Set in a far flung medieval-looking world of Arst, Prince Jordy Volder takes up the fight against the ambitions of the conqueror Marder. Jordy uses the legendary giant robot "panzer" Galient, which is one of many panzers that have been preserved underground for thousands of years. Using an army of advanced robot panzers, Marder is conquering all of Arst in preparation of his plan for dominance of the Crescent Galaxy.
Genres combined, high fantasy and sci-fi stitched into the fabric of a sword-and-sandal epic, creating a sense of fullness. Something lavish. A sense of scale, setting, space, tangibility. A tapestry woven together from the scraps of many different influences. Some recognizable, others just on the tip of the tongue. A culture that's deep-rooted in particulars of a far-off time period. Fauna that adds domestic quality. All these attributes being joggled simultaneously. The likes of which can be drastically altered in the absence of finesse. There's a culminated purposefulness to Panzer World Galient. A chemistry of fine-tuned planning stripped away of any additives that might dilute
the formula. A formula that was unfortunately rushed. The unforeseen tampering of corporate mandate. The kind of external meddling to a precise algorithm that causes genuine harm to the work in question, yet plays a vital role in its inherent ability to fascinate the unexpected viewer.
For behind this tarnished work, the gem of what could have been shines through—a diamond in the rough. Unpolished and forgotten by many. Buried. Just another date on a calendar. Another entry of yesteryear. But thankfully, one still worth unearthing. For Panzer World Galient has an advantage not allotted to others. It isn't just the brainchild of a nobody. Galient was the work of an industry veteran, guaranteeing that one day, no matter if that day was undetermined, It would be rediscovered by devotees. Steadfast followers, driven by an unspoken understanding that anything orchestrated by this man would yield an interesting artifact. Even if the title in question has suffered from deep-rooted issues—this one certainly has its fair share.
That man in question is Ryosuke Takahashi, an auteur within the industry who's held a steadfast existence within the realm of name relevancy and the thin membrane that makes up the cult fanbase that religiously consumes his works.
For those familiar with his trademark style, a penchant for mechanical detail and world functionality is a must. A kind of hyper-obsession that leads to fantastical constructs. Environments and characters that are highly rendered—tactile. This is a constant for Takahashi, almost done on impulse; autistic even. The kind of obsession he's demonstrated with the lesser appraised "big 3" of the mecha genre, Armored Trooper Votoms, and even more so with his smaller passion projects. From hard sci-fi like Flag to the mystical political drama of Gasaraki, when it comes to methodical plotting, in-story elements that maintain constant plausibility, and malleable characters that retain believable attributes, there's not that many that could rival him. He's a mad scientist toiling away in his lab. And this time around, the result of his tinkering bears something that's unlike his usual.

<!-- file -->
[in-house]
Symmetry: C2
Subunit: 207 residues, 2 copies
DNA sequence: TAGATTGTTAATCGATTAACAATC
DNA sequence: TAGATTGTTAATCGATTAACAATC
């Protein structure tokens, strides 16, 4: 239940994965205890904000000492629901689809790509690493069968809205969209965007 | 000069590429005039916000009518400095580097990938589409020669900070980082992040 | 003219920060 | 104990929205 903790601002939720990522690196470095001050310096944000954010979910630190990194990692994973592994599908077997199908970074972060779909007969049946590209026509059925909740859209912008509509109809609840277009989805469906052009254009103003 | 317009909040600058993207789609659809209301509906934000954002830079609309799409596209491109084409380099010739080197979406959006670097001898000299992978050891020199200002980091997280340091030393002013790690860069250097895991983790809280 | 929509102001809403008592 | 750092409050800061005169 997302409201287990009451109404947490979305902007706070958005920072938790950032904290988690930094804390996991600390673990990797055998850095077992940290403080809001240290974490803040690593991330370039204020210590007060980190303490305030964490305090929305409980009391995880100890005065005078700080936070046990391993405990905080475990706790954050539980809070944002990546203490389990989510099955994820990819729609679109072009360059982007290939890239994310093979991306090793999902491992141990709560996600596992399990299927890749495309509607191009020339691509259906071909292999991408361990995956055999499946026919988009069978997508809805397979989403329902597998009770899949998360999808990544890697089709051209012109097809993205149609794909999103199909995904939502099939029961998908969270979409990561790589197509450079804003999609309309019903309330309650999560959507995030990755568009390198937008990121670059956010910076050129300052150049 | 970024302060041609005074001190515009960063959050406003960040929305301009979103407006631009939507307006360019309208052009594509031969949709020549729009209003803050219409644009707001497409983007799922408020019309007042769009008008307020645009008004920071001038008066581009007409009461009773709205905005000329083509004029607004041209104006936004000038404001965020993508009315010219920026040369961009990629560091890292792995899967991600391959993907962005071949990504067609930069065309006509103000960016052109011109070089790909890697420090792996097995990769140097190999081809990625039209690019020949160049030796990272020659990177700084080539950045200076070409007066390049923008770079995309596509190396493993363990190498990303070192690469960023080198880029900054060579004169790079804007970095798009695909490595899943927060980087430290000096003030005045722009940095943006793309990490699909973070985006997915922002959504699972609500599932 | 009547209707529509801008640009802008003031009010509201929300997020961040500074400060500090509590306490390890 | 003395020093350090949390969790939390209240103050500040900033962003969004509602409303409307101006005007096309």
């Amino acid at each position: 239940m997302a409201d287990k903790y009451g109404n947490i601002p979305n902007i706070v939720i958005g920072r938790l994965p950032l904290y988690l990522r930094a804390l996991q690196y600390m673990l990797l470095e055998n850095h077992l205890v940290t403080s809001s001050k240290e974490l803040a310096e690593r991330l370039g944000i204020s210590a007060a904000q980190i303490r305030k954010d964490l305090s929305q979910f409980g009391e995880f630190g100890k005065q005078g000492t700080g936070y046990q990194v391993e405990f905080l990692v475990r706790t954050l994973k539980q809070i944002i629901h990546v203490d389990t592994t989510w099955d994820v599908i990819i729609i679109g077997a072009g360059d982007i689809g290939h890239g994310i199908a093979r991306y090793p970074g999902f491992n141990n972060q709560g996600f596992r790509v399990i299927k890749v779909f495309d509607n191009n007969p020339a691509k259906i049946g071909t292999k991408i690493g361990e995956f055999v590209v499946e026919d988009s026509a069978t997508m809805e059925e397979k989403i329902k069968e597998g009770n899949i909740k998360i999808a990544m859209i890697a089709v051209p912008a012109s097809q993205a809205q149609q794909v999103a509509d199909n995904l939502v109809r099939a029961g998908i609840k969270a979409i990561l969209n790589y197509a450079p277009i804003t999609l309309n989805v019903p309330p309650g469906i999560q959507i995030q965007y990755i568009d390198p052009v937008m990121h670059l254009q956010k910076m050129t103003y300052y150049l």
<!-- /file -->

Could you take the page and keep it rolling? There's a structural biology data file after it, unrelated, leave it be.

Panzer World Galient is an anomaly in Takahashi's canon.
Transient glimpses of Tolkien rendered topography flickering through in the way it builds upon itself. A world seemingly grafted by stepping forward in any direction. The kind of storytelling where landmarks and casual name drops sweeps over every corner of the foreseeable map, each feeling every bit as significant, whether it has immediate ties to the plot or not.
Takahashi's work is usually composed of stark realism and hyper world functionality; a well-oiled machine, characters equally adjusted to operate within it. Seeing his type of penmanship homogenized into a genre that requires flexible renditions of escapist elements makes for an interesting watch. A painterly looseness, the boundless freedom of coloring outside the lines. Magic. Fatalism. Pure imagination. Core aspects that grant high fantasy its freedom to operate like a lucid dream.
It's a kind of lackadaisical sensibility that goes against the grain of everything Takahashi stands for. And yet, here it is, the tangible form of what is in all likelihood the mixture of oil and water. Only bested by Mamoru Oshii's ability to pendulum swing from the casual lightheartedness of the Patlabor TV series, to the muted cynicism of the movie installments that proceeded it. Thankfully, the collision of these two worlds was met with success. A collision that I find intriguing, not only as one of the aforementioned devotees of this creator but equally so as an avid fan of the medium. Because for all intents and purposes, this was a precursor project to the much more appraised Turn A Gundam and Escaflowne, or for those stuck on the hamster wheel of seasonal viewing, Rage Against the Bahamut. A true patriarch. Panzer World Galient, or Galient, as I'll refer to it going forward, was one of anime's first successful mixtures of high fantasy, mecha, and sci-fi.
Planet Arst, home to a civilization stuck in the Middle Ages, comes face-to-face with a foreign enemy; their technology otherworldly, their invasion methods ruthless. A destructive force governed by a tyrannical ruler named Marder. A man every bit as mysterious as the weapons he deploys. It's the natives vs. the colonists. Historically, the colonists are usually victorious, for the people of Volder's kingdom, their first encounter against Marder and his empire was no different. They stood there, transfixed in the face of utter defeat. Twelve years later, Marder still sits on the iron throne; his reign met with contempt. Jordy Volder, the forgotten prince of the fallen kingdom of house Volder, fights back. The fate of Arst held in the balance, while a bigger truth looms over it all.
Kunio Okawara and Yutaka Izubuchi are mecha experts. They give life to Takahashi's vision. Frankenstein mixtures of inhuman steel giants and fable-inspired entities. They don't take long to make their debut. In only a few minutes we're greeted by Marder's steampunk jousting centaurs; bodies coated in titanium, lances in hand, they gallop through the night like apparitions of an oncoming apocalypse. Swarming behind these imposing mechanical beasts are Marder's army; hooded figures donning executioner masks, mounted on the backs of armless velociraptors, electric battle axes in hand—a mixture of primitive and futuristic. The robust tank-like motion of a pitch-black battle armada leading the charge, standing several stories high, a monolith that shakes the earth around it—this is only the teaser for things to come.